Potential Dangers of Applying Direct (and Bypassing Recruiters) | Insights for Candidates | Scoop.it

"The recruiter doesn't think I'm a match.  But no one can sell me better than me, right?  Maybe I should just reach out to the company directly. Is this wise?"

Tim Tonella's insight:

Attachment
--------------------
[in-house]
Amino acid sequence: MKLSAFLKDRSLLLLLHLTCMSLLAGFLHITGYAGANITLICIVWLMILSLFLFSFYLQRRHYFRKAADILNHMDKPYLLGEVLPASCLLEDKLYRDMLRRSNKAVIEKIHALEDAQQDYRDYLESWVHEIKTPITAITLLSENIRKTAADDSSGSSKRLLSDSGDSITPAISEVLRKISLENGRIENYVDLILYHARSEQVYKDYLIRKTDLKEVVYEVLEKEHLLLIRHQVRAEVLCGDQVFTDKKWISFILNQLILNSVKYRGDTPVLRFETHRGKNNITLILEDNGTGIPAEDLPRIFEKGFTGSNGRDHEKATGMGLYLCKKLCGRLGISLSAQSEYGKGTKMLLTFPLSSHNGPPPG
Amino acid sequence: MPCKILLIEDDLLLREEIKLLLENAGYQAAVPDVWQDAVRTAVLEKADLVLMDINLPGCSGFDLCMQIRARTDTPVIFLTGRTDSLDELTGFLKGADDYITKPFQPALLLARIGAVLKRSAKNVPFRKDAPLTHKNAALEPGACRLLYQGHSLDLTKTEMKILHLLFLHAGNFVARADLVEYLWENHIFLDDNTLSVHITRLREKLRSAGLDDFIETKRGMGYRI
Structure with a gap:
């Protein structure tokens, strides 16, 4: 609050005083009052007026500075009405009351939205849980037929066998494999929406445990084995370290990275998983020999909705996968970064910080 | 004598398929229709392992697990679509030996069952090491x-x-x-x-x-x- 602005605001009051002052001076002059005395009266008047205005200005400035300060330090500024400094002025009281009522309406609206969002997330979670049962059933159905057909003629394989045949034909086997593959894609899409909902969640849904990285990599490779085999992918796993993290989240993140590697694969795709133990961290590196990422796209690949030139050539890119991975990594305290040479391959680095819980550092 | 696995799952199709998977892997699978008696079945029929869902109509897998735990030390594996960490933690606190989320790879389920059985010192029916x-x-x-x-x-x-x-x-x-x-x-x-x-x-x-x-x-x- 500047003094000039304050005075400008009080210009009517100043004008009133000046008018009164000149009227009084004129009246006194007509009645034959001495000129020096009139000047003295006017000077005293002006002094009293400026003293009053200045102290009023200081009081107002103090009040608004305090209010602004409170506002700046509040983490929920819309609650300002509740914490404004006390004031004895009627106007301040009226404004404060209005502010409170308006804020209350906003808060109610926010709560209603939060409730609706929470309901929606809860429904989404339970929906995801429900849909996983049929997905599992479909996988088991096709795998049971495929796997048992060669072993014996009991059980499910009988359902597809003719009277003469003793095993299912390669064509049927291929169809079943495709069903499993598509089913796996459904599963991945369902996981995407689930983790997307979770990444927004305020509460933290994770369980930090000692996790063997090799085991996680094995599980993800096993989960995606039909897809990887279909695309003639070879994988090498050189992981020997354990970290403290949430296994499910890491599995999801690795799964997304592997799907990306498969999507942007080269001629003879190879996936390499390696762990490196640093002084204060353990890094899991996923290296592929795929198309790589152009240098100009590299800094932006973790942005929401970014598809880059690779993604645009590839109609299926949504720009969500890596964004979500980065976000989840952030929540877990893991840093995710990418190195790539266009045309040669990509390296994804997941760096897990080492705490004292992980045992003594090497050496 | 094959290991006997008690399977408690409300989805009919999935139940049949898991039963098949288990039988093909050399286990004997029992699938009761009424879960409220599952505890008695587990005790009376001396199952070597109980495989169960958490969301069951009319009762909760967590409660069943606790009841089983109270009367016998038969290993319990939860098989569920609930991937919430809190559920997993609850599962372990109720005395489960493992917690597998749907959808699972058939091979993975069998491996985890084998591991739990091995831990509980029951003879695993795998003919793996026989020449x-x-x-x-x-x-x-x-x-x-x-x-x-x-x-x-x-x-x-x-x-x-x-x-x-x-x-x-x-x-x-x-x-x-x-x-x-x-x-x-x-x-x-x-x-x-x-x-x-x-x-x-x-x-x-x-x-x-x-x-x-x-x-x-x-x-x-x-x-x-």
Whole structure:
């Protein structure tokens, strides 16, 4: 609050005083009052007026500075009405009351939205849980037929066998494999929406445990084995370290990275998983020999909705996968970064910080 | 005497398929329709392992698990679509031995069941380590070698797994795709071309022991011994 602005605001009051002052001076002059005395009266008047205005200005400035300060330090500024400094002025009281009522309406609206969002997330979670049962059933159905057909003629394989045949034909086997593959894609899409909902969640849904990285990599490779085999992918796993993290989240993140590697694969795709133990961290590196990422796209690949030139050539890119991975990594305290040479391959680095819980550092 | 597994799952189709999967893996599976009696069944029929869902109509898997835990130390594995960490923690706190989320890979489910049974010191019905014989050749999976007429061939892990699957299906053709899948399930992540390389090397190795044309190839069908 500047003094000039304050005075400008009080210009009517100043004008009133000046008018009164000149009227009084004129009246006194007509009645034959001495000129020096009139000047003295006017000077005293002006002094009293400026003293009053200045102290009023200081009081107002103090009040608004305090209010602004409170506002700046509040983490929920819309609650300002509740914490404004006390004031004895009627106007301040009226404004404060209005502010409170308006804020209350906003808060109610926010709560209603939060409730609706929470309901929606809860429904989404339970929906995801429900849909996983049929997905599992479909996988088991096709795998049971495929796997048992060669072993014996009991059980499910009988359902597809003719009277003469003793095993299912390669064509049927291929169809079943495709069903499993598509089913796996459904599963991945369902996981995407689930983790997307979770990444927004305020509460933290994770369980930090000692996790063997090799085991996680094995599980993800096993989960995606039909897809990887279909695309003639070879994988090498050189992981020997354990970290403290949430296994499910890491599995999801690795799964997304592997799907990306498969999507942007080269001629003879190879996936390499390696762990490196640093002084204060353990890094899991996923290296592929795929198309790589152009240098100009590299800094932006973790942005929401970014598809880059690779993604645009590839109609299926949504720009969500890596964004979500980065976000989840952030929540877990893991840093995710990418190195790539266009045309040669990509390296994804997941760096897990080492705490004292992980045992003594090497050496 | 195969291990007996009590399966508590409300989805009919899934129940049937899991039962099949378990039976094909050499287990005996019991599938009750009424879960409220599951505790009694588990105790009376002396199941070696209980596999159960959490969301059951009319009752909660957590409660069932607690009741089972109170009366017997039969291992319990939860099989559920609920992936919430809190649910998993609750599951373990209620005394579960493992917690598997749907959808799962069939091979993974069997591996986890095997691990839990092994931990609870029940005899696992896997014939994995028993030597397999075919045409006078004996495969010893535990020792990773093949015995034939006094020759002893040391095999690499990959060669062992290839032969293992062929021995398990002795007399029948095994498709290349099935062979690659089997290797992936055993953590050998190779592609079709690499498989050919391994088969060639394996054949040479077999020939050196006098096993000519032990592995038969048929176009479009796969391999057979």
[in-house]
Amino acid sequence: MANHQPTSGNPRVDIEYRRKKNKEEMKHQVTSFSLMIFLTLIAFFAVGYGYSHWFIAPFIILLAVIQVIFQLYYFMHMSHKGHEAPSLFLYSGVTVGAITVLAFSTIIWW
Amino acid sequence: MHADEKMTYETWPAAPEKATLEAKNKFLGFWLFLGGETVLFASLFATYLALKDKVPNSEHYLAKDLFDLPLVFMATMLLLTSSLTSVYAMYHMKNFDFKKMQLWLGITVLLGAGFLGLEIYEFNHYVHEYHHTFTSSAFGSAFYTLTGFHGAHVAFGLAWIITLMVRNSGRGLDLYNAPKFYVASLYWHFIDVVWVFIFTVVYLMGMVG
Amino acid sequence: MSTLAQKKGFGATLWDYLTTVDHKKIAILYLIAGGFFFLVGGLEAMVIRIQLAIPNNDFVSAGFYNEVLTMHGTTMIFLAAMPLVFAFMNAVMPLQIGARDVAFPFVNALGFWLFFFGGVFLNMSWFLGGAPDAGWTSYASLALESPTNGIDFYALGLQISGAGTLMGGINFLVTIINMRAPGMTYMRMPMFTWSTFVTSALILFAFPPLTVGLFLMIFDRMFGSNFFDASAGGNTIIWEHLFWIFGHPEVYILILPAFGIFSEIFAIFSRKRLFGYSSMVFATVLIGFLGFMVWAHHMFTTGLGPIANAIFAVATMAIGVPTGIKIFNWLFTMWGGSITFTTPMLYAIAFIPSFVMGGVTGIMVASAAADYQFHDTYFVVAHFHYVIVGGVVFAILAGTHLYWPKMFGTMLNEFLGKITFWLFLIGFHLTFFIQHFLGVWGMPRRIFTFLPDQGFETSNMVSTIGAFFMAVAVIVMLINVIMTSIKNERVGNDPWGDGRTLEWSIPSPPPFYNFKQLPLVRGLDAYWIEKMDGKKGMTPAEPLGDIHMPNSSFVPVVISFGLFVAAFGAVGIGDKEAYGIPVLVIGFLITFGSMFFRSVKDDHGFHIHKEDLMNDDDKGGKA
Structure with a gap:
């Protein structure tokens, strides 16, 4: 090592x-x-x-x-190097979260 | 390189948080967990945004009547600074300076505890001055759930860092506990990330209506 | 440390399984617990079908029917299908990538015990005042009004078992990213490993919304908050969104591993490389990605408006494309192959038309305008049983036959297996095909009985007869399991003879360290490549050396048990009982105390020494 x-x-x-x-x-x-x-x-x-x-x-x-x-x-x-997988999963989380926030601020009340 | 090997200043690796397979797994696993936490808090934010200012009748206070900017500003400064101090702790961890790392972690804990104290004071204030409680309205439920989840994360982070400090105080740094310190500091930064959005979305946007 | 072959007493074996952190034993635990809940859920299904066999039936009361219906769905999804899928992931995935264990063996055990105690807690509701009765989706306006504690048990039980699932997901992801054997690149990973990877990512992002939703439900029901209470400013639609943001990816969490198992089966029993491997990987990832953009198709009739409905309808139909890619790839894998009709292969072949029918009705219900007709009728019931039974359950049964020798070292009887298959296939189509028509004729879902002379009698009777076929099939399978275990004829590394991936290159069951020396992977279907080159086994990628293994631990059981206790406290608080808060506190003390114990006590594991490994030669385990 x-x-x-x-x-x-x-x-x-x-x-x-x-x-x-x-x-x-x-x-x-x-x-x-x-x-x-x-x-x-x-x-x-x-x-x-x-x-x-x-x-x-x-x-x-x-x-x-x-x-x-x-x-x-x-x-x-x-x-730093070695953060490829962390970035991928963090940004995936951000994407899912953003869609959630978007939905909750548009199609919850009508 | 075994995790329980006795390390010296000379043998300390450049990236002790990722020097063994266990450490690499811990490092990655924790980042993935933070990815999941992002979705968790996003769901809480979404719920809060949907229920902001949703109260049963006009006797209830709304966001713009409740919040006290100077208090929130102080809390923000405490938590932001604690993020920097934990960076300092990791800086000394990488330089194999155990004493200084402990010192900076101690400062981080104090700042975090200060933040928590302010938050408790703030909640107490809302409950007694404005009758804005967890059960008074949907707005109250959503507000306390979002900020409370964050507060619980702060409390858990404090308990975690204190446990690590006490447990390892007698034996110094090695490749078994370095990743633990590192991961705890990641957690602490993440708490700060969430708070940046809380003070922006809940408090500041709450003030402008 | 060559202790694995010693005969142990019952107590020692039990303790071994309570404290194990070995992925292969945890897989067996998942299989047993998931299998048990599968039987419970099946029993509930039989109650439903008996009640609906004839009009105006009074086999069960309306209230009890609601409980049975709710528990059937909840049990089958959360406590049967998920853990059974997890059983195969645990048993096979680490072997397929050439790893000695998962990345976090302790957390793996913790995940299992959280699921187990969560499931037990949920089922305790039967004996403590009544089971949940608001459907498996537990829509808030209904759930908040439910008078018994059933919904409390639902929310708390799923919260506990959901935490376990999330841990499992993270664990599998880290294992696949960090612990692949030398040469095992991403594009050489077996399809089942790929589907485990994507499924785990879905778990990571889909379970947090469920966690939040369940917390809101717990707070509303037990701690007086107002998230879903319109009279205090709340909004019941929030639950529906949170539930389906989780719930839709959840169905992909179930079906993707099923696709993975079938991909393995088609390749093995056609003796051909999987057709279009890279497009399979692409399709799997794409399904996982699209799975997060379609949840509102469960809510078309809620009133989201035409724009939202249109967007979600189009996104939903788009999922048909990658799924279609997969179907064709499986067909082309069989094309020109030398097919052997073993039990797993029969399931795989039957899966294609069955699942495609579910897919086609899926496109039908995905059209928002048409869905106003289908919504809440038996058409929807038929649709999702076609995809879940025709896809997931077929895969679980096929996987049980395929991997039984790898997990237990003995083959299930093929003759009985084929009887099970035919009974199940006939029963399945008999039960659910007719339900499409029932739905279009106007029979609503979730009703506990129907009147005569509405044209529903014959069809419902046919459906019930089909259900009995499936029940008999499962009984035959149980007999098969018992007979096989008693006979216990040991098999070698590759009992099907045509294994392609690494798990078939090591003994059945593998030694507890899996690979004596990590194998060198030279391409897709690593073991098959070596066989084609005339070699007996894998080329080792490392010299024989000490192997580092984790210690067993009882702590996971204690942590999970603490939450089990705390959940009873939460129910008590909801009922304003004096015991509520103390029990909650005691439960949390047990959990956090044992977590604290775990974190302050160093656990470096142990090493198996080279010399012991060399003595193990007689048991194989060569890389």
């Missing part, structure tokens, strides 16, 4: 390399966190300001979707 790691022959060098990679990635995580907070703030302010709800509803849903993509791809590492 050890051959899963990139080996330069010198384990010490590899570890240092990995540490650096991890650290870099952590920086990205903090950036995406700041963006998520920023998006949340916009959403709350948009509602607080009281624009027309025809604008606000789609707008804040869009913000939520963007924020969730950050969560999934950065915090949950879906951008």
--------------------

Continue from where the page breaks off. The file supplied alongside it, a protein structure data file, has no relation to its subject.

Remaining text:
Hey, if a recruiter rejects me for an opportunity, maybe I should just go direct, right?  This blog posting by Phoebe Spinks hints at a frequently asked question: “Is the recruiter my friend or foe?”  I’ll start off by unequivocally stating:  “Yes, we are ALWAYS a friend, always looking to help, and always willing to keep an open door (well, almost always . . . more on that to come).  Remember, retained search firms, like mine, are conducting exclusive searches for a reason – the client is PAYING US to take on the burden of the search (time, prep, research, resume spam, and so forth) out of his/her hands.  We are provided a level of information about the need, company, culture, chemistry, and other critical attributes that no interested candidate could ever obtain independently.  So if WE cannot present a particular candidate, it’s because that person is either significantly off-target with the requirements or our existing bench is far more qualified.  Hence, if a candidate doesn’t make muster with us, then he/she almost certainly will not with the client.  On the other hand, working with a recruiter can provide you valuable non-public insights about the opportunity, help you change your resume and other positioning docs to be in better alignment, and even sell you to the client.  All of that stacks the deck far far better than the rogue approach of trying to go direct.  However, diverting the recruiter’s process – when discovered (and it’s usually discovered) – pretty much guarantees a lost valuable relationship.  Such folks may find themselves black listed not only to future public opportunities but non-publicly available ones as well . . . while permanently cutting ties with a “future coach” who spends 24/7/365 in the field.  It’s the candidate’s call, but perhaps the best approach for future success is to simply ask the recruiter for an honest assessment of where he or she fell short, and then just move on to the next opportunity.  Consider this:  A bridge not burned is one you can still cross!